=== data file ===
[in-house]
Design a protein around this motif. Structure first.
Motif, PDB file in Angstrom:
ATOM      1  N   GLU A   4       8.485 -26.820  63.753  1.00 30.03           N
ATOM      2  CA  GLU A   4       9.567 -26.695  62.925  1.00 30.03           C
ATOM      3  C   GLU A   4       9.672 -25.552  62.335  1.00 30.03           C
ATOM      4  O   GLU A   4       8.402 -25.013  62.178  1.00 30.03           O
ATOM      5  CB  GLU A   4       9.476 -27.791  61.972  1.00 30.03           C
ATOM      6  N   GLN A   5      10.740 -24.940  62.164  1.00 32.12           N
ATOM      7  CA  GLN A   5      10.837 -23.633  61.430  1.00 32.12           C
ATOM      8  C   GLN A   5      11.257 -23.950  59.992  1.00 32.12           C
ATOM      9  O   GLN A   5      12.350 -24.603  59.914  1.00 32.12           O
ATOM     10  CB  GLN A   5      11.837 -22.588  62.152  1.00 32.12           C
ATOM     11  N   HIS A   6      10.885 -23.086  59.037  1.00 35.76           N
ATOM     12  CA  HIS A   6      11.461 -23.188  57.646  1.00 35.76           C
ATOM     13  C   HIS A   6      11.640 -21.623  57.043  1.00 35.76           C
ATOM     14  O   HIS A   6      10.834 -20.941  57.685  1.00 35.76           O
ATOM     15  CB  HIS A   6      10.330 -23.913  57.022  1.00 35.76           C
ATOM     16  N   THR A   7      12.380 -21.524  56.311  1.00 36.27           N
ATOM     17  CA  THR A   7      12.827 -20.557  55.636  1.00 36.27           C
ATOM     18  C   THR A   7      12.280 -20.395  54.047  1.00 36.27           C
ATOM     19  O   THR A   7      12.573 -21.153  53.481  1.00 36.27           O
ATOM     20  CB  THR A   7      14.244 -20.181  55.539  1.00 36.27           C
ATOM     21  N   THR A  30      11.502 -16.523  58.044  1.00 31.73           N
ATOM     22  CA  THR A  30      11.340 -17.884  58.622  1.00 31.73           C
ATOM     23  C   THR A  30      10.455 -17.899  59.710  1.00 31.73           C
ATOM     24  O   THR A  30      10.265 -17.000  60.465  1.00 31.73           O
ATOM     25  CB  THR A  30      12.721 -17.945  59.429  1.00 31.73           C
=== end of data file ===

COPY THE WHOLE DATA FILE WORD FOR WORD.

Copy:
[in-house]
Design a protein around this motif. Structure first.
Motif, PDB file in Angstrom:
ATOM      1  N   GLU A   4       8.485 -26.820  63.753  1.00 30.03           N
ATOM      2  CA  GLU A   4       9.567 -26.695  62.925  1.00 30.03           C
ATOM      3  C   GLU A   4       9.672 -25.552  62.335  1.00 30.03           C
ATOM      4  O   GLU A   4       8.402 -25.013  62.178  1.00 30.03           O
ATOM      5  CB  GLU A   4       9.476 -27.791  61.972  1.00 30.03           C
ATOM      6  N   GLN A   5      10.740 -24.940  62.164  1.00 32.12           N
ATOM      7  CA  GLN A   5      10.837 -23.633  61.430  1.00 32.12           C
ATOM      8  C   GLN A   5      11.257 -23.950  59.992  1.00 32.12           C
ATOM      9  O   GLN A   5      12.350 -24.603  59.914  1.00 32.12           O
ATOM     10  CB  GLN A   5      11.837 -22.588  62.152  1.00 32.12           C
ATOM     11  N   HIS A   6      10.885 -23.086  59.037  1.00 35.76           N
ATOM     12  CA  HIS A   6      11.461 -23.188  57.646  1.00 35.76           C
ATOM     13  C   HIS A   6      11.640 -21.623  57.043  1.00 35.76           C
ATOM     14  O   HIS A   6      10.834 -20.941  57.685  1.00 35.76           O
ATOM     15  CB  HIS A   6      10.330 -23.913  57.022  1.00 35.76           C
ATOM     16  N   THR A   7      12.380 -21.524  56.311  1.00 36.27           N
ATOM     17  CA  THR A   7      12.827 -20.557  55.636  1.00 36.27           C
ATOM     18  C   THR A   7      12.280 -20.395  54.047  1.00 36.27           C
ATOM     19  O   THR A   7      12.573 -21.153  53.481  1.00 36.27           O
ATOM     20  CB  THR A   7      14.244 -20.181  55.539  1.00 36.27           C
ATOM     21  N   THR A  30      11.502 -16.523  58.044  1.00 31.73           N
ATOM     22  CA  THR A  30      11.340 -17.884  58.622  1.00 31.73           C
ATOM     23  C   THR A  30      10.455 -17.899  59.710  1.00 31.73           C
ATOM     24  O   THR A  30      10.265 -17.000  60.465  1.00 31.73           O
ATOM     25  CB  THR A  30      12.721 -17.945  59.429  1.00 31.73           C